Exploring Wallace, Idaho’s Mining Heritage

A sprawling complex of beautiful, historic buildings and surprisingly bustling streets nestled into the steep mountain hillsides of north Idaho’s Bitterroot Mountains, Wallace Idaho is a momentary neck-craning distraction for most Interstate 90 travelers driving through the Silver Valley. Too bad for them, since this authentic, resilient community has successfully tapped a gold mine balance between functioning mining town and “New West” recreation and tourism hub. There are excellent breweries, restaurants, old-time taverns and a super cool wine bar. The whole town is on the National Register of Historic Places and the Mining Museum is a great glimpse back at the town’s rich and rowdy past. And there are endless ways to get out and explore the mountains, ranging from hiking trails, zipline tours, cycling paved paths, and biking the world-famous Hiawatha Trail. For history buffs who like to stretch their legs a bit, this family-friendly tour is a great way to spend a day in the “Center of the Universe.”

Hiking the Historic Pulaski Trail

Until 2003, the Pulaski Tunnel Trail, which leads to the abandoned mine where “Big Ed” Pulaski saved nearly all of his 45-man firefighting crew from being burned alive by the Great Fire of 1910 (by guiding them into and barricading the mine), had been reclaimed by the forest and was lost to hikers and the history-conscious community, except for a couple of historic markers at the trailhead. Thanks to the efforts of local volunteers in recent years, the trail was cleared and reconstructed with five bridges, four boardwalks and more than a dozen interpretive signs that tell the story of the people, trees and one big old fire that give this path through the woods such historic significance. The 2-mile trail, which begins at a well-marked trailhead about a mile south of Wallace, offers a cool, beautiful walk through the forest along Placer Creek and by a few small waterfalls. It’s only about an 800 foot elevation gain uphill to the old mine and the end of the trail. It takes most hikers about two or three hours to complete the entire hike. Both the trail and the mine are listed on the National Register of Historic Places. Getting There: The trail begins at a well-marked trailhead about a one mile south of Wallace on Forest Service Road 456.

The Wallace District Mining Museum

The Wallace District Mining Museum tells the story of the local mining industry in Northern Idaho from the early gold rush days to the more recent period of world-record silver production. Artifacts, models, photographs, paintings and displays of mining activity and techniques take you back in time and deep into the history of one of the most lucrative mining districts in the U.S. Many of the exhibits are inside a timbered mine to enhance the experience. Exhibits include a large three-dimensional model of the largest silver producing mine in the world – the Sunshine Mine. A documentary video on area history is included with the admission fee. The museum is open daily all summer long, opening at 10 a.m. in May, June and September; 10 a.m. in July and August; and closing at 5 p.m. each day. It’s located at 509 Bank Street. More info: 208-556-1592.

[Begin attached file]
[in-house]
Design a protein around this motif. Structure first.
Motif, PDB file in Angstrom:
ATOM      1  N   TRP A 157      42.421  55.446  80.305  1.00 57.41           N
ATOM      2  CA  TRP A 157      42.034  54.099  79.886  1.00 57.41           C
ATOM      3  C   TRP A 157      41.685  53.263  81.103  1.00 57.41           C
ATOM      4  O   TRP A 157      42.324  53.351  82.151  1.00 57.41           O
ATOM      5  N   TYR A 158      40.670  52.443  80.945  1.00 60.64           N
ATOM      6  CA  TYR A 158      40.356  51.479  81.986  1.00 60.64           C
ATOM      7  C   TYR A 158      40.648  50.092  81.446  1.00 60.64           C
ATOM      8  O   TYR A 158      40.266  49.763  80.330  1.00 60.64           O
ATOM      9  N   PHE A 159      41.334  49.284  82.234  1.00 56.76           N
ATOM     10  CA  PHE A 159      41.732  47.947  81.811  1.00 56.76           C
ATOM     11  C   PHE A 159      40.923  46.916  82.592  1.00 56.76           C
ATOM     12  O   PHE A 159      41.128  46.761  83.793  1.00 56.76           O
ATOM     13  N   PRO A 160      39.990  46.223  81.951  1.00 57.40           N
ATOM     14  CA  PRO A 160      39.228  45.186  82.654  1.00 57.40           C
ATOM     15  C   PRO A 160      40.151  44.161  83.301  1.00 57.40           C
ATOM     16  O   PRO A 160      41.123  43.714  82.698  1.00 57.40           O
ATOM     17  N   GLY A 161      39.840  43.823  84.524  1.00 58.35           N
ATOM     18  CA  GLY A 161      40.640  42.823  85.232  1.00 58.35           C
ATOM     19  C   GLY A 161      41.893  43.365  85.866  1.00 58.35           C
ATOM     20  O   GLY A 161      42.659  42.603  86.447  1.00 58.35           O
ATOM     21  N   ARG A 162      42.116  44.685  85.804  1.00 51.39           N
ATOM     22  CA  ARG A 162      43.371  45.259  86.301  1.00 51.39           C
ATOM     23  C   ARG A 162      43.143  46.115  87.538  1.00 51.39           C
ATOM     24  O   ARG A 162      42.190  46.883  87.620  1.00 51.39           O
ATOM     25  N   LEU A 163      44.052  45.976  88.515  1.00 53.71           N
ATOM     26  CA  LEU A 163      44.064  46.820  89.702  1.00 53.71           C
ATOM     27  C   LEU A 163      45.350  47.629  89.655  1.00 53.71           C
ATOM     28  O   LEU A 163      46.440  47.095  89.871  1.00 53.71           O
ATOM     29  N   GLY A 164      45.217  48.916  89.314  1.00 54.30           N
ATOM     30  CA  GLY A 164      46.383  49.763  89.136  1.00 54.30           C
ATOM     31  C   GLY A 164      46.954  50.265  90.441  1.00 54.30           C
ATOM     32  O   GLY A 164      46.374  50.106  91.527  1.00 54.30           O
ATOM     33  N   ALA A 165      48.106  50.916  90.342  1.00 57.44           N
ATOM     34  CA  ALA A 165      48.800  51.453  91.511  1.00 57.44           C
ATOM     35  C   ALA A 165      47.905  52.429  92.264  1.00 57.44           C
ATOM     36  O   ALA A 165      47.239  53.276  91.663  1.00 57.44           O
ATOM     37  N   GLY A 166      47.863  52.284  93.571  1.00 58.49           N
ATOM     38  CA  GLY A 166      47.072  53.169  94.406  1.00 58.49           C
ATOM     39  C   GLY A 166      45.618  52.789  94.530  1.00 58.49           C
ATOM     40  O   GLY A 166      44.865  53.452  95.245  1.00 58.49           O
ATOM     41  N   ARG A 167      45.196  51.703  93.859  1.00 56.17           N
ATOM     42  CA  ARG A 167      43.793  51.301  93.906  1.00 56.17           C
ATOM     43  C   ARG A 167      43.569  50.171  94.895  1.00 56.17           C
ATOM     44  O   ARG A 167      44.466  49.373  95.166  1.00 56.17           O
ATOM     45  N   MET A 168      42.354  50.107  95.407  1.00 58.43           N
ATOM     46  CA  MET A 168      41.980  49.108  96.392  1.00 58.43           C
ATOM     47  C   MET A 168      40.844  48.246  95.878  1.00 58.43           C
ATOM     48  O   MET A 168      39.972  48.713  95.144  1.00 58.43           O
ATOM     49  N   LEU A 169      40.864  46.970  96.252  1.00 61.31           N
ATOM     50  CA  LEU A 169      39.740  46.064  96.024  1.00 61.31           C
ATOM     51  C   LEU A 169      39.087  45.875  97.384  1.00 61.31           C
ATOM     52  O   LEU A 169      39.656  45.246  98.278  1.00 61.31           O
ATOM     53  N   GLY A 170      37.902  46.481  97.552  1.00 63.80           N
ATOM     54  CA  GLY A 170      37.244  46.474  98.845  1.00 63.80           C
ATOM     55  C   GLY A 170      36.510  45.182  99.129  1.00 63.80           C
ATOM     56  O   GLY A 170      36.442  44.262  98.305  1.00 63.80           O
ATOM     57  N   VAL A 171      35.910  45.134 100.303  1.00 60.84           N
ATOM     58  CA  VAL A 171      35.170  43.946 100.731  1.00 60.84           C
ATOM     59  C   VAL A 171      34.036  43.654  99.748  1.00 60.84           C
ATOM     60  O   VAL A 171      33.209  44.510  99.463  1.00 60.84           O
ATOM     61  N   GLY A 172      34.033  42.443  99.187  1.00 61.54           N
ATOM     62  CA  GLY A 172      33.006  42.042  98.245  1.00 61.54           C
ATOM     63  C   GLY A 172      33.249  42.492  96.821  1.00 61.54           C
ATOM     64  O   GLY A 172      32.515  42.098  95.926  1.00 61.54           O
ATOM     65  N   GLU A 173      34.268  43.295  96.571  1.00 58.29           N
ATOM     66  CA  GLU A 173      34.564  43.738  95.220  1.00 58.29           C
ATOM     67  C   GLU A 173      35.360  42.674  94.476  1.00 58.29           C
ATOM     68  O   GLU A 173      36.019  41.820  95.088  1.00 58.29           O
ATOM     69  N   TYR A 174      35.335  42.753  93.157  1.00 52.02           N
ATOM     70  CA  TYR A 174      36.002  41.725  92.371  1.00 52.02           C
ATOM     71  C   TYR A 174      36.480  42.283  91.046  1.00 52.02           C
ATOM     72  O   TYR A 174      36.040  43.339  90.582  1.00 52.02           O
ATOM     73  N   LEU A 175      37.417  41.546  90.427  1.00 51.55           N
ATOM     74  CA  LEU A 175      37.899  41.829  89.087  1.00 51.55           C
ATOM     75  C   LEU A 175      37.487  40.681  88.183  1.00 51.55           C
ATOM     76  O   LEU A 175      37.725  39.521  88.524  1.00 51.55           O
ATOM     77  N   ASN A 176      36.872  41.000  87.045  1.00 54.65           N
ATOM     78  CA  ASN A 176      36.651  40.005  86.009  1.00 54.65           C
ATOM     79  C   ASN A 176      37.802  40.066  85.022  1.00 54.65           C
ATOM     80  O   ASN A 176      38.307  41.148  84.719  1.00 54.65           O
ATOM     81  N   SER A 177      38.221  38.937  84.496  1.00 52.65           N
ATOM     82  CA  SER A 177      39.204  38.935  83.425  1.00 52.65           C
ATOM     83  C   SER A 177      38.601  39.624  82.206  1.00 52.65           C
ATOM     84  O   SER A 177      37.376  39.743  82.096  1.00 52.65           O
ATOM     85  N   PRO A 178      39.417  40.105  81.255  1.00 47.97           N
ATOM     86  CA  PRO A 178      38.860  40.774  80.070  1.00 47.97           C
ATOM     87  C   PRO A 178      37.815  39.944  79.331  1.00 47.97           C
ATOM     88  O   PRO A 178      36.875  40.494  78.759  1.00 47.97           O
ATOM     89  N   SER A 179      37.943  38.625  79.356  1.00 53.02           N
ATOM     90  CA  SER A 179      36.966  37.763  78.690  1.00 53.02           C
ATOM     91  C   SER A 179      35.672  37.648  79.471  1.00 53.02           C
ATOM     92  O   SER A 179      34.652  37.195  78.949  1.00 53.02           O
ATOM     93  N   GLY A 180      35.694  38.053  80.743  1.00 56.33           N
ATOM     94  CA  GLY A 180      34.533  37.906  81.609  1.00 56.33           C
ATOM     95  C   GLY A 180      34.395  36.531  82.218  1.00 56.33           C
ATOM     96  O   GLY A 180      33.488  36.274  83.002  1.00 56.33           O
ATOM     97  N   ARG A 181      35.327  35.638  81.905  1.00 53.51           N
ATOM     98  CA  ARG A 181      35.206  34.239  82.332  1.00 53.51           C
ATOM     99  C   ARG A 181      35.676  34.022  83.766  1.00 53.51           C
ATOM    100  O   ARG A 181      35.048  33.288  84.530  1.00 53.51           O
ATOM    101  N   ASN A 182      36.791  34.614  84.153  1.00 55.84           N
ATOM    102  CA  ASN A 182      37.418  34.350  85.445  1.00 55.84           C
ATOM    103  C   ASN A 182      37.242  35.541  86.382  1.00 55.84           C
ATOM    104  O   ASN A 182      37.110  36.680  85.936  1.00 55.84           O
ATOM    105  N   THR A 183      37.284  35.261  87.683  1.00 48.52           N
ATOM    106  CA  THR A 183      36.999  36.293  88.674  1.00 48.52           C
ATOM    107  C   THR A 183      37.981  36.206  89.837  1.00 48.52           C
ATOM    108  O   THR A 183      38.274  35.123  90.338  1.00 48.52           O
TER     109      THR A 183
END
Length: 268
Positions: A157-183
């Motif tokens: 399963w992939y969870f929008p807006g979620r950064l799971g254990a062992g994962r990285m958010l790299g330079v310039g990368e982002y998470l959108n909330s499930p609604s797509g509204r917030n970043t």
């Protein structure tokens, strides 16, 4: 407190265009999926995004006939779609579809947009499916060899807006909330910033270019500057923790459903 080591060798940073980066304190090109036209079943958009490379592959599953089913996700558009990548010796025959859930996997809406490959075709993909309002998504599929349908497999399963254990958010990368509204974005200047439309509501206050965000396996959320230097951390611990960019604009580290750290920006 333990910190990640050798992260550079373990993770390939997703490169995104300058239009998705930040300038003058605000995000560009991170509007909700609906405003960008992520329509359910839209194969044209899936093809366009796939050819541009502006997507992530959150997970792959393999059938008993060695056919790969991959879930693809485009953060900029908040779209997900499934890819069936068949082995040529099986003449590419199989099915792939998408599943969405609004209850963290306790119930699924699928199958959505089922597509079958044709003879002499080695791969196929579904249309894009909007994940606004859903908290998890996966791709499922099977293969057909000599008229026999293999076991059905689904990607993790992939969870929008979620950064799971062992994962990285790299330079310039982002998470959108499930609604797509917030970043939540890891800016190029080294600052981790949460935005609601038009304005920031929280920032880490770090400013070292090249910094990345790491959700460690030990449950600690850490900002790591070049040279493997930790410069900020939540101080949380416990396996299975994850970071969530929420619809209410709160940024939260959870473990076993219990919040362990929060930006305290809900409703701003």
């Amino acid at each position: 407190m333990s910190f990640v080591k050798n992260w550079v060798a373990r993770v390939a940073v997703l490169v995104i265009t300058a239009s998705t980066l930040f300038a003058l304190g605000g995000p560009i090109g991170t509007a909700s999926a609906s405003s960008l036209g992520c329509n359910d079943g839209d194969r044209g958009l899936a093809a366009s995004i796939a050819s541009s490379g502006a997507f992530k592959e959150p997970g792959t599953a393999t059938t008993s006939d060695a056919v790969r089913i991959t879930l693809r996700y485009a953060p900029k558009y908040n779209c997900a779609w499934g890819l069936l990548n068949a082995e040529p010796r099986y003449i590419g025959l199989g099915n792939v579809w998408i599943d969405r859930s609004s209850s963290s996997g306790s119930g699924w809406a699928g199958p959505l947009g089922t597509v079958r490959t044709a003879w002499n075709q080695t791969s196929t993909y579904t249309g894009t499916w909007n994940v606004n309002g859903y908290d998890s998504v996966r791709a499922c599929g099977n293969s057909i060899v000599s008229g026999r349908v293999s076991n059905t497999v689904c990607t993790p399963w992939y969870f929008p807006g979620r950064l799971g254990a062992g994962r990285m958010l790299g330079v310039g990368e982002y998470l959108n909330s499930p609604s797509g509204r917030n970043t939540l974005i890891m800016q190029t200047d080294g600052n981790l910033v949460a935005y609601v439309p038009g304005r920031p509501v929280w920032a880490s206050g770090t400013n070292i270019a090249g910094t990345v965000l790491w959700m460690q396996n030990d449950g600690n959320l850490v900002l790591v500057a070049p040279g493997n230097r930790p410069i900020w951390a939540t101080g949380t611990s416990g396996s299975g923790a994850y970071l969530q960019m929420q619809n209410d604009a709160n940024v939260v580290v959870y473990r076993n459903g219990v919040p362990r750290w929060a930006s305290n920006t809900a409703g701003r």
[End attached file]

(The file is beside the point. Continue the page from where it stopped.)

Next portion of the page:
Out on the Town in Wallace: OTM’s Picks

Stop by the City Limits Pub & North Idaho Mountain Brewery tucked away in a historic brick building just north of the Interstate. They brew their own excellent craft beer and serve up tasty meals and appetizers in a friendly, comfortable atmosphere. This is the place to stop in Wallace after a day of skiing Lookout, hiking Stevens Peak, biking the Hiawatha, kayaking the south fork or touring historical mining sites. Location: 108 Nine Mile Road, Wallace. Info: 208-556-1885. For a good night’s sleep in clean, comfortable, well-lit rooms within walking distance of Wallace restaurants, bars and breweries, the Wallace Inn is the place to stay. They have an indoor swimming pool and a love for the recreational wonders of the Silver Valley and can help you out with trail and travel advice (Thewallaceinn.com). The Wallace Visitor Center, just off the Interstate, is also an excellent source for maps and other useful information about the area’s historical and recreational attractions. Wallaceidahochamber.com. //

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